We managed to eat rice and beans every single day this week - even when we went to Tulsa to see Gungor at Cain's Ballroom. We got there early and, after a bit of a discussion, landed at a nearby Mexican restaurant where we shared a plate of stacked blue corn enchiladas with Spanish rice and beans. It was really cool to continue our challenge even while traveling. I've found that eating rice and beans (plus veggies) is not nearly as monotonous as I had feared. Because they're a staple of nearly every country in the world, there are thousands of recipes from all across the globe using rice and beans. You can do spicy or subtle, creamy or textured, black beans or lentils, soups or casseroles...there's a lot of variety. Not to mention the fact that several wonderful friends have sent me recipes :)

And I've been cooking so much more. I love it. Not just following a recipe, but intentionally soaking and preparing dried beans, using regular brown rice instead of instant, making oatmeal breakfast muffins instead of buying Clif's fantastic. I love the feeling of standing over a pot of simmering vegetables and beans. To me there is something slightly therapeutic about it all, mixing and chopping, stirring and watching, smelling and's rhythmic. 

One night this week, I realized my dinner consisted of lentils I sprouted myself, fresh vegetables, brown rice, and a slice of seven-grain bread that I made from scratch. It was one of the healthiest meals I'd ever eaten, incredibly simple, and prepared by my own hands from start to finish. It was an awesome feeling. 

In addition to rice and beans,  we're also eating more veggies. We tried out a local organic delivery service this week (since the farmers' market isn't open yet) and I was pleasantly surprised at the quality of our box. It was a really good value! The apples and clementines have a ton of flavor, and the carrots were delicious. I plan to use the rest in next week's meals, so it's definitely a good investment for us, at least this month. 
lettuce, shiitake mushrooms, apples, oranges, clementines, bananas,
zucchini, green beans, onions, broccoli, lemon, mango, carrots, and potatoes.  

We're definitely excited for week two. I'm looking forward to making gluten-free pancakes at some point, as well as three-bean chili, jambalaya, and possibly gluten-free bread (fingers crossed...). Thanks for reading and cheering me on! If you have any other recipes or ideas, let me know!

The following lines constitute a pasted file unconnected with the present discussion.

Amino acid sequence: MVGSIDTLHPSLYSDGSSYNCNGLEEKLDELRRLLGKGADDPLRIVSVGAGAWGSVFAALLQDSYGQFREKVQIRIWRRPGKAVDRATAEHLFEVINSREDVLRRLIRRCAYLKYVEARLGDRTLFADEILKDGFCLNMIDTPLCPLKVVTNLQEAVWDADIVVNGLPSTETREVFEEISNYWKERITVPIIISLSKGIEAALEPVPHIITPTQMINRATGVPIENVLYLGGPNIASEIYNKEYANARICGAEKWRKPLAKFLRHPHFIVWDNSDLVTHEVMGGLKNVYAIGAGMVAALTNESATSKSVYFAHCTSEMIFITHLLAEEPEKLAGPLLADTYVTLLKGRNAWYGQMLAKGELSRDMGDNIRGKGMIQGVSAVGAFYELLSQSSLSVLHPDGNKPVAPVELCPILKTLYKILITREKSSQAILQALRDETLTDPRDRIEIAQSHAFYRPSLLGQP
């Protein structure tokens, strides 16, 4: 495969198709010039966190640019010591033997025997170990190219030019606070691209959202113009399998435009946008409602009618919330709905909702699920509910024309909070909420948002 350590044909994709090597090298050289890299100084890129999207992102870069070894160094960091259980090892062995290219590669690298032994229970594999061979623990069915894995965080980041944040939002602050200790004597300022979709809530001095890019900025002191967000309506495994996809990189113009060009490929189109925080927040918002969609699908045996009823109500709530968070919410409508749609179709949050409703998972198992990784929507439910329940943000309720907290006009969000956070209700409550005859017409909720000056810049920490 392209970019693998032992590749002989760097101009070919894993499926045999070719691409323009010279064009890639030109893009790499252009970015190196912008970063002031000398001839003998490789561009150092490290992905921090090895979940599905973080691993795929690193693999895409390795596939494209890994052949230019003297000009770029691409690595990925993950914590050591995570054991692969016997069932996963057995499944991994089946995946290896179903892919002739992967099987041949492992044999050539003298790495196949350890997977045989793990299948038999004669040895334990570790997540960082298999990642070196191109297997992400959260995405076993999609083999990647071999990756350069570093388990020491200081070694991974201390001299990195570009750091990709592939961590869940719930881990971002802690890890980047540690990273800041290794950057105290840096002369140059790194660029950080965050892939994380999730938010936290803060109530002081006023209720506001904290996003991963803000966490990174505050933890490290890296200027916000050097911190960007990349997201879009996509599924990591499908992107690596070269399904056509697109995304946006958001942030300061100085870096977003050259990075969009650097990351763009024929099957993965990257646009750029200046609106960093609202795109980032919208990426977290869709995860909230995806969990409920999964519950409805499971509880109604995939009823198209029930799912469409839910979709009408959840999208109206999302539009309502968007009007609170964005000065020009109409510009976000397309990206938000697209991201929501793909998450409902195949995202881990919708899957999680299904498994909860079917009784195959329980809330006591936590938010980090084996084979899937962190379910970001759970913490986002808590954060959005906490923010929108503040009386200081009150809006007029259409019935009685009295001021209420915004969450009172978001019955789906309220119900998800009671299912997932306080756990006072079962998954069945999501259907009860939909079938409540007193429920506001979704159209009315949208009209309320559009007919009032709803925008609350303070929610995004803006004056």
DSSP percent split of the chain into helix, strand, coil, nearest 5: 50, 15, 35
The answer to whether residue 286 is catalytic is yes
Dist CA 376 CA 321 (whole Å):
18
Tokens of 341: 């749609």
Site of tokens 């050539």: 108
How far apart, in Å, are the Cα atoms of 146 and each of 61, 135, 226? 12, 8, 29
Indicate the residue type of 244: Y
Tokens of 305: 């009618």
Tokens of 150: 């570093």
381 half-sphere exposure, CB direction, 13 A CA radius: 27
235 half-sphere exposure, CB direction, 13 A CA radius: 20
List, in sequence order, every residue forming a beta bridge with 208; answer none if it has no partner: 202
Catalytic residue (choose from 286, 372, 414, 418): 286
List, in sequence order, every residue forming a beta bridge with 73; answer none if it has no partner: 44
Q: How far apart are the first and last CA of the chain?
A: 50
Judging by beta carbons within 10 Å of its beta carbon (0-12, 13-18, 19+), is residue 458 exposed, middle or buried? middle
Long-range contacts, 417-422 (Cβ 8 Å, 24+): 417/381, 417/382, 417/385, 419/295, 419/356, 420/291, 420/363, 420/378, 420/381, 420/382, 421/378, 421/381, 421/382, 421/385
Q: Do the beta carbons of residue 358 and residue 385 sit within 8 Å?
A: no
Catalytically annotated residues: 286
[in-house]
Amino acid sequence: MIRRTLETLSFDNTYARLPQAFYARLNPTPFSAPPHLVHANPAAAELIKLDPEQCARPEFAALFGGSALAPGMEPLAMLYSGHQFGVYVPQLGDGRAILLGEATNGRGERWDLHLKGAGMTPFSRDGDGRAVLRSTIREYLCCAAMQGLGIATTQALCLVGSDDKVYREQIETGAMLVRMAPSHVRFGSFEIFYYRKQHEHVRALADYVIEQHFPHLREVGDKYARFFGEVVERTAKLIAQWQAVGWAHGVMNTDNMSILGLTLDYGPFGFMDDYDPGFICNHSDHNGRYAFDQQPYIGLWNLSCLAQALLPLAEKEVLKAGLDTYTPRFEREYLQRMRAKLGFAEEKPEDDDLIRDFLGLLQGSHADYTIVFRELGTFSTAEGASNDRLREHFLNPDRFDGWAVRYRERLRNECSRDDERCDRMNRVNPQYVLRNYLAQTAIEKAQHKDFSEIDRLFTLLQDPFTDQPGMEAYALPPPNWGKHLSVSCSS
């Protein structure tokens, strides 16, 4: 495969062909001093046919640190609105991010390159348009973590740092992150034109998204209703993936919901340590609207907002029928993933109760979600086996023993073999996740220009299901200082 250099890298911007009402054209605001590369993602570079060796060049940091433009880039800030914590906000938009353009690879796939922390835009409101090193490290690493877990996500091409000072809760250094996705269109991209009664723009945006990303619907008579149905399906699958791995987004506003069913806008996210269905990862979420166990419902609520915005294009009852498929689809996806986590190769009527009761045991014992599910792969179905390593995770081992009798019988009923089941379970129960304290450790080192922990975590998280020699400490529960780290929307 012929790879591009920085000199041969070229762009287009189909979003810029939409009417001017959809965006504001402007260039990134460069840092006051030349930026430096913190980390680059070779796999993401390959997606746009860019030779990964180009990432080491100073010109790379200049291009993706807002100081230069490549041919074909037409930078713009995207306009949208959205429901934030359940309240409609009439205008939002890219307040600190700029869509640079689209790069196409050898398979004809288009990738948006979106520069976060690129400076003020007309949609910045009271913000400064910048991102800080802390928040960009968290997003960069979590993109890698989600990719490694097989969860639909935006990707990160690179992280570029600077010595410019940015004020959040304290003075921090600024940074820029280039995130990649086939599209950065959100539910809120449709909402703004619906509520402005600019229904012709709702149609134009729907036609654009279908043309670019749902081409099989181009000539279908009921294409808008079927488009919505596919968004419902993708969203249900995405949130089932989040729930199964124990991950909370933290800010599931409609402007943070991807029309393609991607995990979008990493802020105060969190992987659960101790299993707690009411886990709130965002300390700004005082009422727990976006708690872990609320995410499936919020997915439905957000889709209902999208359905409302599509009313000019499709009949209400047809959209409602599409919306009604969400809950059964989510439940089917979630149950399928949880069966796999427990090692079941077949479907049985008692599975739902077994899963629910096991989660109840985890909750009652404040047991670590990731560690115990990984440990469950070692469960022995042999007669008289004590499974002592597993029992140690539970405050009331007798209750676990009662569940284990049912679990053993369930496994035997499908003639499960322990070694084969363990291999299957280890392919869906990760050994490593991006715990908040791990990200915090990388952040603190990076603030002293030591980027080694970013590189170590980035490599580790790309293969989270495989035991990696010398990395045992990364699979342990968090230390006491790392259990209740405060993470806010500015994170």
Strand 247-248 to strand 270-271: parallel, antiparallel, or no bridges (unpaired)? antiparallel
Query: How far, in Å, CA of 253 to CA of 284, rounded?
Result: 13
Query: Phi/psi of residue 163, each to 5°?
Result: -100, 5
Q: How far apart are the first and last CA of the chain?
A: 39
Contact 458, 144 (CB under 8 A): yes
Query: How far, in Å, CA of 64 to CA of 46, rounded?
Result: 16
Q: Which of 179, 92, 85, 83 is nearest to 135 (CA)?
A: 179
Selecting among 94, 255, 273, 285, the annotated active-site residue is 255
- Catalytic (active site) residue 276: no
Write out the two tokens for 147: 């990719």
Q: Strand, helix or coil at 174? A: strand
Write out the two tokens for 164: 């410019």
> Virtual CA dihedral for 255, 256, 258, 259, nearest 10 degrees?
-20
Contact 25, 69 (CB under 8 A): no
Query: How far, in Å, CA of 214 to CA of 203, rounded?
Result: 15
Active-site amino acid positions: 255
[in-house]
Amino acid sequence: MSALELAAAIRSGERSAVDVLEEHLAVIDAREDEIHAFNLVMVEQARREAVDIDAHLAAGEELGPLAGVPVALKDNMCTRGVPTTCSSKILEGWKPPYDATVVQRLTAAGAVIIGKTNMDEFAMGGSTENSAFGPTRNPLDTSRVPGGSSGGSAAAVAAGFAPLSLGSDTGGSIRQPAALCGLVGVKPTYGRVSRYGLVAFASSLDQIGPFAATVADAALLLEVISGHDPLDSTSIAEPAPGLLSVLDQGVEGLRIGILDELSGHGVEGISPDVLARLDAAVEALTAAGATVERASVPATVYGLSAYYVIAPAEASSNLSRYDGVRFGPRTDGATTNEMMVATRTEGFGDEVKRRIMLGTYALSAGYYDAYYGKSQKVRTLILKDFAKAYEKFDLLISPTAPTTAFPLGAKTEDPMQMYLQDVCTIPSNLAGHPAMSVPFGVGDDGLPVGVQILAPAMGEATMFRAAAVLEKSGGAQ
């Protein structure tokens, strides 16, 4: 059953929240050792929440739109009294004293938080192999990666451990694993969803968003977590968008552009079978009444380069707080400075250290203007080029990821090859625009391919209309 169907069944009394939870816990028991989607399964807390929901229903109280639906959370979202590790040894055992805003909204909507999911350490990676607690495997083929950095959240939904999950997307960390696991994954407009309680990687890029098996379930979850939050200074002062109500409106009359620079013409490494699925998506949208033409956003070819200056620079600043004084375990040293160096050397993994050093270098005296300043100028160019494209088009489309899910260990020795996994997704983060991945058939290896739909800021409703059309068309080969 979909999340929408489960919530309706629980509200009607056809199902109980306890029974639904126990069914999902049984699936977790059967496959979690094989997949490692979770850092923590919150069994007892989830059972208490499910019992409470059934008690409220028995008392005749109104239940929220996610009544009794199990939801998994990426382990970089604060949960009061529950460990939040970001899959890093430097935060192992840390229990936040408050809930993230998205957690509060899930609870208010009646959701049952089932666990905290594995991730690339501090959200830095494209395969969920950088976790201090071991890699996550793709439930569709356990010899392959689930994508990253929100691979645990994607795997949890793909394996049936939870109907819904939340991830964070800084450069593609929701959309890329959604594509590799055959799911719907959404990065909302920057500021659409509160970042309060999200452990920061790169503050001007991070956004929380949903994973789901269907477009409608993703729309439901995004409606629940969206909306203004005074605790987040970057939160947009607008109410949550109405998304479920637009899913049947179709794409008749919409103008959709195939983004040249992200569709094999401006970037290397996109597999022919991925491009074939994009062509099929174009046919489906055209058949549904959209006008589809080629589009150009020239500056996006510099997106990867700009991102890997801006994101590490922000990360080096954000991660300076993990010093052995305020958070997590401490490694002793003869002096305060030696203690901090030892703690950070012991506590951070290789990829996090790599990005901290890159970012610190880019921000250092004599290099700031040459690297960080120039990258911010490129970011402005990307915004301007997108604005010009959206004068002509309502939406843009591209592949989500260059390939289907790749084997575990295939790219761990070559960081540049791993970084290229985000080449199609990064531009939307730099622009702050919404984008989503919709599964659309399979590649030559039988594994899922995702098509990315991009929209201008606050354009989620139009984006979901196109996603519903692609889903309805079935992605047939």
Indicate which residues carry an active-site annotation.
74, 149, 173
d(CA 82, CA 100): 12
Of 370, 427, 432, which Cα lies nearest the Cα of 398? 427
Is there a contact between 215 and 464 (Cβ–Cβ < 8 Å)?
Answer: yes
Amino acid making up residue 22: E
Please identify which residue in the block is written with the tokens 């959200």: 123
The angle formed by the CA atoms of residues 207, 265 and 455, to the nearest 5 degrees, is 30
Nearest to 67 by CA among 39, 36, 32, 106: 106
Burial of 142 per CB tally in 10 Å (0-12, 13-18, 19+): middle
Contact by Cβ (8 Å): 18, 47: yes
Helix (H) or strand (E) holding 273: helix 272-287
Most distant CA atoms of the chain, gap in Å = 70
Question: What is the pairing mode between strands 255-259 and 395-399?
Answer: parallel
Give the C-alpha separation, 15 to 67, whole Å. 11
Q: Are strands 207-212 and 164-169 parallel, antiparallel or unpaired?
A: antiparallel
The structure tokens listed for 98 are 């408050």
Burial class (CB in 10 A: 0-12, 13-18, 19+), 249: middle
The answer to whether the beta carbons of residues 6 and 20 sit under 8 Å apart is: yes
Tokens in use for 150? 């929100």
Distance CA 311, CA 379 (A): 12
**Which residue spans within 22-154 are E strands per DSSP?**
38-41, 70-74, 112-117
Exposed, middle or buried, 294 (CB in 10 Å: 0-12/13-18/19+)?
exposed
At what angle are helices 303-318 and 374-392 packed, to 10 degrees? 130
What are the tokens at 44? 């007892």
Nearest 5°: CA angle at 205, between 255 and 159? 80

Here are some of the other things I've made this week:

Friday, March 2, 2012

Eating Rice and Beans

John and I are changing things up this month.

We've been talking for a while now about how to live healthier. Obviously I've played around with vegan/vegetarian/flexitarian tendencies for a while, but I've really been wondering what we as a couple can do to improve our health, increase our energy, and combat the stress that seems to be ever-increasing in our lives. So for the month of March we're going to try to eat cleaner, better meals, incorporating waaaaay more whole grains, vegetables, and fruits while decreasing the amount of processed food we consume.

Mmmm...fresh tomato soup w/ spaghetti squash

I've come up with four main reasons for this month of better eating:

1. Health. Neither John nor I have been feeling 100% lately. We're mentally exhausted and physically drained most of the time, and I know that eating veggies and fruits can really help combat fatigue and illness. For example, I personally feel much better in the afternoons if I eat a healthy lunch like brown rice w/ veggies and a salad (like today) as compared to days when I only have time for a microwaveable entree and apple. If I can make healthier meals for us, why spend money on convenience foods that aren't nutritious or filling? Oh, and by the way, we're also going to steer clear of foods with gluten this month. Ya know, just to make this extra fun ;)

2. Budget. By removing processed foods from our diet and eating more vegetables, grains, and fruits, we can drastically reduce our food budget. The most expensive things we tend to buy include meat (we'll still eat some, but not a lot), packaged snacks and soups, and breads (pitas, whole grain breads, etc). By comparison, vegetables really don't cost much at all: a package of carrots is around 82 cents, and squash (winter and summer) comes in under $1 a pound right now. Sweet potatoes are cheap and incredibly nutritious, as are seasonal fruits like oranges, bananas, and apples. Throw in some brown rice (under $1 a bag) and some beans (super cheap when you buy them dried), and you're set for the week. Now, I know it will take a lot longer to prepare these meals, but I've already been working up a pretty effective method of cooking in large batches and separating the leftovers into individual containers for lunches. For example, on Monday I made a huge batch of brown rice and Asian-style vegetables, and it ended up being lunch for John at least two other days this week. It was pretty cool.

3. Lahash. We recently heard about this organization called Lahash, who has organized something called "Rice & Beans Month" (you can check it out here). The premise is to invite as many people as possible to eat simple meals of rice and beans throughout the month of March. Then, donate the money you save to the Lahash organization so that they can buy rice and beans for children and families in East Africa. This seems like the perfect chance to try this, since rice and beans are inexpensive and gluten-free! Woo-hoo! Plus I love the idea that small changes like this can mean food for a family in East Africa!!!